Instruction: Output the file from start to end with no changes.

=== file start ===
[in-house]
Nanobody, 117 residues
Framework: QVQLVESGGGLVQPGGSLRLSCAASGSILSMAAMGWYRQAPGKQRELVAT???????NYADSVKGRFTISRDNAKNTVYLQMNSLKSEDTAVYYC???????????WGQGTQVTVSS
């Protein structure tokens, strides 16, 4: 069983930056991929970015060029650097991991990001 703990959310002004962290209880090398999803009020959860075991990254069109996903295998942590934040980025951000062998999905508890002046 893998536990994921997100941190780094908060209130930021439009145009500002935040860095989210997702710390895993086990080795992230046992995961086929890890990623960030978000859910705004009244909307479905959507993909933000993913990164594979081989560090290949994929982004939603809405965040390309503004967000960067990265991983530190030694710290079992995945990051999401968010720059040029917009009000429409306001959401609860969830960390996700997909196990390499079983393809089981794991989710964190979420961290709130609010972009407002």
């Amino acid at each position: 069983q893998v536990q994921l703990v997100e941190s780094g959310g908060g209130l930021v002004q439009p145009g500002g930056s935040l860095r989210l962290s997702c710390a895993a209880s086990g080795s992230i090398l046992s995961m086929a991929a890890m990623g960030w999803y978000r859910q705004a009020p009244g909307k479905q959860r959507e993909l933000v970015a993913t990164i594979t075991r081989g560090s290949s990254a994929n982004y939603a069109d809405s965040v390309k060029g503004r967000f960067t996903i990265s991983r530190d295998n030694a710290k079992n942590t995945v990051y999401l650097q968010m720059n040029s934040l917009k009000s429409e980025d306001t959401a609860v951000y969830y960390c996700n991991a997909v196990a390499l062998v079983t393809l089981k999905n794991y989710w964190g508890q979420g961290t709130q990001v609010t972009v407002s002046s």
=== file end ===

[in-house]
Nanobody, 117 residues
Framework: QVQLVESGGGLVQPGGSLRLSCAASGSILSMAAMGWYRQAPGKQRELVAT???????NYADSVKGRFTISRDNAKNTVYLQMNSLKSEDTAVYYC???????????WGQGTQVTVSS
């Protein structure tokens, strides 16, 4: 069983930056991929970015060029650097991991990001 703990959310002004962290209880090398999803009020959860075991990254069109996903295998942590934040980025951000062998999905508890002046 893998536990994921997100941190780094908060209130930021439009145009500002935040860095989210997702710390895993086990080795992230046992995961086929890890990623960030978000859910705004009244909307479905959507993909933000993913990164594979081989560090290949994929982004939603809405965040390309503004967000960067990265991983530190030694710290079992995945990051999401968010720059040029917009009000429409306001959401609860969830960390996700997909196990390499079983393809089981794991989710964190979420961290709130609010972009407002």
């Amino acid at each position: 069983q893998v536990q994921l703990v997100e941190s780094g959310g908060g209130l930021v002004q439009p145009g500002g930056s935040l860095r989210l962290s997702c710390a895993a209880s086990g080795s992230i090398l046992s995961m086929a991929a890890m990623g960030w999803y978000r859910q705004a009020p009244g909307k479905q959860r959507e993909l933000v970015a993913t990164i594979t075991r081989g560090s290949s990254a994929n982004y939603a069109d809405s965040v390309k060029g503004r967000f960067t996903i990265s991983r530190d295998n030694a710290k079992n942590t995945v990051y999401l650097q968010m720059n040029s934040l917009k009000s429409e980025d306001t959401a609860v951000y969830y960390c996700n991991a997909v196990a390499l062998v079983t393809l089981k999905n794991y989710w964190g508890q979420g961290t709130q990001v609010t972009v407002s002046s």